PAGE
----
Ann Pressly

Ann Pressly

Fiesta Del Noche
Fire Mountain Gems and Beads' Contest 2010
featuring Metal Clay, Metal Beads,
Wirework and Chain

Meet the Designer-Artist

Where do you live?
San Antonio, Texas

Describe your artistic style.
Whimsical. I majored in illustration and have worked as a graphic designer for 30 years. Throughout my career, my sense of humor sustained me and my work.

What inspires you as a designer-artist?
I grew up with a grandmother who sold Taxco sterling and with the rise of James Avery's popularity. I see a lot of their influence in my style.

What materials do you most enjoy working with?
Metal clay, wire, glass and natural stone.

What is the name of the piece you submitted with your success story?
Fiesta Del Noche. Piñatas are a part of many celebrations in Texas. Later in life, I found out that a seven point star represents the seven deadly sins, but mostly Piñatas mean party, fun and candy!

What inspired this design?
Mexican silver as well as the Latin culture of San Antonio. I also like versatile pieces that can be mixed around for different looks.

How did it come together?
I have made ''swags'' to go with various pendants I create; a beaded necklace without committing. The Piñata pendant evolved after a couple of attempts.

Share Your Background

When and how did you begin making jewelry/beading?
I started watching my grandmother fix jewelry; then came the 60's and beads; and finally about eight years ago I discovered metal clay.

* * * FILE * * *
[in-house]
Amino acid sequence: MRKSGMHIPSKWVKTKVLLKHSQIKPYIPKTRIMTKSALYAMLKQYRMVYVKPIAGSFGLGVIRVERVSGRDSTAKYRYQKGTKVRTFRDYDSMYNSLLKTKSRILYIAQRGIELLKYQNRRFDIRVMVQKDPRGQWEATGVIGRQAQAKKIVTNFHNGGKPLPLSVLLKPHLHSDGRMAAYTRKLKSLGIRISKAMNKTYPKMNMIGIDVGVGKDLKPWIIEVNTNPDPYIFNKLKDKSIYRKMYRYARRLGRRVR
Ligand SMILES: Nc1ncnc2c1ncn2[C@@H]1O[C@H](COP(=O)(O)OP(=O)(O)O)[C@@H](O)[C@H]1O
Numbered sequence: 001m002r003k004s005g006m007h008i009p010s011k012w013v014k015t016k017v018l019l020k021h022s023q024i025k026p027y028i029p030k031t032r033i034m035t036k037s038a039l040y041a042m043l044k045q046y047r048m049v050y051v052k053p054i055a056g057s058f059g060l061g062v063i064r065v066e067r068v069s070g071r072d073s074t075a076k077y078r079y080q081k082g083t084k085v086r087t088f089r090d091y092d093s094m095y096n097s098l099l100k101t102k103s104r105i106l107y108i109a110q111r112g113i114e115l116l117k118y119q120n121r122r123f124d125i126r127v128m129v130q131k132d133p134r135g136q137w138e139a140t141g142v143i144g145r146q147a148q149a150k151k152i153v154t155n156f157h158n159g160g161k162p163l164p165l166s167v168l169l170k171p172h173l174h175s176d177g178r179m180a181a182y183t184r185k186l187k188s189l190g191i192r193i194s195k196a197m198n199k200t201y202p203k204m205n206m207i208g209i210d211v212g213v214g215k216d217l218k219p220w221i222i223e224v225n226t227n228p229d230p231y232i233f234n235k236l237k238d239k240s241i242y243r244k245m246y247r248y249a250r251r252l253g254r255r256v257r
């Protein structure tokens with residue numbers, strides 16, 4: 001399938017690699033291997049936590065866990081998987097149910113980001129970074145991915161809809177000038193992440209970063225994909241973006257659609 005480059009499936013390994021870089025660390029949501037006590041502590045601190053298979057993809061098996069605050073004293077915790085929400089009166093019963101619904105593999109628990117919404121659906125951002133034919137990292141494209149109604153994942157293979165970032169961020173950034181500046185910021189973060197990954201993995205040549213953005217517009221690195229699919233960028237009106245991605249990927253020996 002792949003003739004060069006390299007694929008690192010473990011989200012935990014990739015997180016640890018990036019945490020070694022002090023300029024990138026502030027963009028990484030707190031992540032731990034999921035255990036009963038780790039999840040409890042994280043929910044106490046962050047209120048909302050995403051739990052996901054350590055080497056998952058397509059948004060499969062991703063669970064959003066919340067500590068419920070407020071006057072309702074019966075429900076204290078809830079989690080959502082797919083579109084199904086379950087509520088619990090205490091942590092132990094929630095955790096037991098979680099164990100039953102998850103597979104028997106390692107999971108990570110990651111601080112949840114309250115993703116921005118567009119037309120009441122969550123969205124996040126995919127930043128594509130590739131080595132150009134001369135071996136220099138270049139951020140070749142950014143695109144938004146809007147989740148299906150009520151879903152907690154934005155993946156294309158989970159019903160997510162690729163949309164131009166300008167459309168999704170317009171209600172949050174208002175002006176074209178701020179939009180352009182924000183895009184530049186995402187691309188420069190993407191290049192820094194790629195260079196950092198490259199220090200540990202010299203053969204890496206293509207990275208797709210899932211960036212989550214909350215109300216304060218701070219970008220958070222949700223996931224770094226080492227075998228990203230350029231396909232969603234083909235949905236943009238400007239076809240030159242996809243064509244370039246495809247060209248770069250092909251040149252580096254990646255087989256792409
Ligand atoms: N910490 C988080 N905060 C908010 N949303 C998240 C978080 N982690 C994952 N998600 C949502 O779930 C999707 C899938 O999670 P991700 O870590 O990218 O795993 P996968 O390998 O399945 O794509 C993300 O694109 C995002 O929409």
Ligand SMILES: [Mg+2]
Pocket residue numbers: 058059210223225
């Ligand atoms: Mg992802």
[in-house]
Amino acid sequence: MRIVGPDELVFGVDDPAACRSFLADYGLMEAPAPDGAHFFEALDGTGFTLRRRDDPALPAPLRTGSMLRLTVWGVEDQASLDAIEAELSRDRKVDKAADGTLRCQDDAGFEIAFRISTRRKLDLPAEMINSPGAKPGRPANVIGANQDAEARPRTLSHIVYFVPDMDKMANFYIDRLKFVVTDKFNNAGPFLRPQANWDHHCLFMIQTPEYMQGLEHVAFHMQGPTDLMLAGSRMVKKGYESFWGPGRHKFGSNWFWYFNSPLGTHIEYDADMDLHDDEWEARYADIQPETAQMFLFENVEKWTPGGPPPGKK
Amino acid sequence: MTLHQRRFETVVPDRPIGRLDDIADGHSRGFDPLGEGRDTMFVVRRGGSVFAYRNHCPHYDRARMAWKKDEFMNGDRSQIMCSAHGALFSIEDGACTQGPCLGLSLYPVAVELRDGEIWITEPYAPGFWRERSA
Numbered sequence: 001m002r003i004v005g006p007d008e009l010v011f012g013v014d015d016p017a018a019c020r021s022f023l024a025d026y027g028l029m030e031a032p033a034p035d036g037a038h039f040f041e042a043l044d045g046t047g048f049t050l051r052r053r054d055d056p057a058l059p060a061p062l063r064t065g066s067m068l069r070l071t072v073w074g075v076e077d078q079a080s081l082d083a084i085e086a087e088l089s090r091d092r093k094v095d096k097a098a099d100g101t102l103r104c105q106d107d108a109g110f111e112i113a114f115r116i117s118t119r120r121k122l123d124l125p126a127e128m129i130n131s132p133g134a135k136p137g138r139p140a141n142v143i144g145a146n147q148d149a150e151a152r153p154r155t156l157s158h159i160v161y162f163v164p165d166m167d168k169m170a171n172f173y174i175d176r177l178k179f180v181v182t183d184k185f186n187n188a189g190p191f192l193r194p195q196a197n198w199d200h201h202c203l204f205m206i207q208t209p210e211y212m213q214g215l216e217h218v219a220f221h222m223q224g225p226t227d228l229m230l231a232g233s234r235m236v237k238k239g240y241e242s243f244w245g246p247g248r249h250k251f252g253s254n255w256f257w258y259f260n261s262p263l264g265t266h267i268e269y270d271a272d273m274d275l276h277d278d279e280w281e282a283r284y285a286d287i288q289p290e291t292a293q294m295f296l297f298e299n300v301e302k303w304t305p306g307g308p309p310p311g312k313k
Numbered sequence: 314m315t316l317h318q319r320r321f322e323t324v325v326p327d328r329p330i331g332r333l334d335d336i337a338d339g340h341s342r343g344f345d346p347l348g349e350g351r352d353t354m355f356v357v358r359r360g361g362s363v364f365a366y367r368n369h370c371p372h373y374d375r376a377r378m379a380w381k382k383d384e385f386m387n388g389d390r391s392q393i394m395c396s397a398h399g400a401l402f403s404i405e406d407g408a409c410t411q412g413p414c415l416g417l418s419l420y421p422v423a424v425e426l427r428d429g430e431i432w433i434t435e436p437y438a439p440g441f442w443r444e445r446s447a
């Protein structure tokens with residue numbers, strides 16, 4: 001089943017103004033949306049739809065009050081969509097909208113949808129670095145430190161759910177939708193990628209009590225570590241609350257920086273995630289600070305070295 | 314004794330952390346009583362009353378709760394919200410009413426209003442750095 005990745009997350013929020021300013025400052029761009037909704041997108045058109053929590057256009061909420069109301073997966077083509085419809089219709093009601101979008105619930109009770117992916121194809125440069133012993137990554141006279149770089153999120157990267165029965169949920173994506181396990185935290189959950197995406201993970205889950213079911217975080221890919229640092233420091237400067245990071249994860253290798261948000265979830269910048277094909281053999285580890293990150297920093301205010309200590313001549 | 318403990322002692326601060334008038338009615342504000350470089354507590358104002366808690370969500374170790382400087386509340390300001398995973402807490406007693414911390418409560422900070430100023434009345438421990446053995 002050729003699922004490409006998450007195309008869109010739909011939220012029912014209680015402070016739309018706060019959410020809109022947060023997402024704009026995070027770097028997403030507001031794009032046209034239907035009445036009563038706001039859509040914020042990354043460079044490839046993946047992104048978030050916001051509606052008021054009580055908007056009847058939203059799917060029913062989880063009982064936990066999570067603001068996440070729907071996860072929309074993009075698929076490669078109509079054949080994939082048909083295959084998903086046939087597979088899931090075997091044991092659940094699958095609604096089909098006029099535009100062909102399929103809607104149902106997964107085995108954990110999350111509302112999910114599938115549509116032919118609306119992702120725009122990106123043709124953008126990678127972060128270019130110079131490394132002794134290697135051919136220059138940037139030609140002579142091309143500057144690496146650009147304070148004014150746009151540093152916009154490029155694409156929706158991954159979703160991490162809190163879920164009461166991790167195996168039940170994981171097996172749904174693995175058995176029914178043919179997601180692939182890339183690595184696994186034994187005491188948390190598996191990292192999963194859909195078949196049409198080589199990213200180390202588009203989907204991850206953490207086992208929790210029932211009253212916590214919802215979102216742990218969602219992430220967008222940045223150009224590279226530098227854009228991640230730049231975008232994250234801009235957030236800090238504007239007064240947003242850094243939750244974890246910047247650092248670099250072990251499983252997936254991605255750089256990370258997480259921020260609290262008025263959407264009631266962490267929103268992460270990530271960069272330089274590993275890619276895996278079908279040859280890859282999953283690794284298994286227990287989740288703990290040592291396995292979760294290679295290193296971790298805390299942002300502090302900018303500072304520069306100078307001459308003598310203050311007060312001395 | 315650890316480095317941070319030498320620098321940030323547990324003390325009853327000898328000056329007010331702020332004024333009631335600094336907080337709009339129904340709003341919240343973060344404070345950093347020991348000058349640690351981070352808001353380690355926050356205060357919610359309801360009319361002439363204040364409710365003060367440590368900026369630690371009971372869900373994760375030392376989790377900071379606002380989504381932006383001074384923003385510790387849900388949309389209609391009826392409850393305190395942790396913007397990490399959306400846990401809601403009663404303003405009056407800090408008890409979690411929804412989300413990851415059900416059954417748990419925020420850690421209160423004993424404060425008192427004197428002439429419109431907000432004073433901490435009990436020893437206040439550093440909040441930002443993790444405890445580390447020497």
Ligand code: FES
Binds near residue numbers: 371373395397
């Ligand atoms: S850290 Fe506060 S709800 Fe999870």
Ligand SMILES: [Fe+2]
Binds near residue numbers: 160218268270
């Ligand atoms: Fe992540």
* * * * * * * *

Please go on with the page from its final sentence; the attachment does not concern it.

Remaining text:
Who introduced you to beading?
Simple stuff with friends. Then I learned peyote in a workshop. Now I teach beading in a volunteer organization providing skills to low-income women.

Do you have an artistic background?
Yes--BFA from Pratt Institute.

How did you discover Fire Mountain Gems and Beads®?
My aunt told me and I'd seen the ads in magazines.

What other hobbies do you have?
Art purses, over the top cigar boxes, and I sing in a rock band (Perfect venue for major jewelry).

Beading Success

What role does jewelry-making play in your life?
Part-time career that I hope to grow to full-time.

If you used jewelry-making as a way to bring in income, how are you selling yourself and your jewelry?
Website and home shows by invitation (actually, pretty open invitation). Some small craft shows.

Do you participate in any charity fundraisers?
I donate to House of Neighborly Service and Mission Road Development Center. And I've been teaching beadwork to low-income women for 10 years.

Any advice for aspiring jewelry-artists?
Make it, wear it, sell it off your neck and hand out cards to everyone; you never know.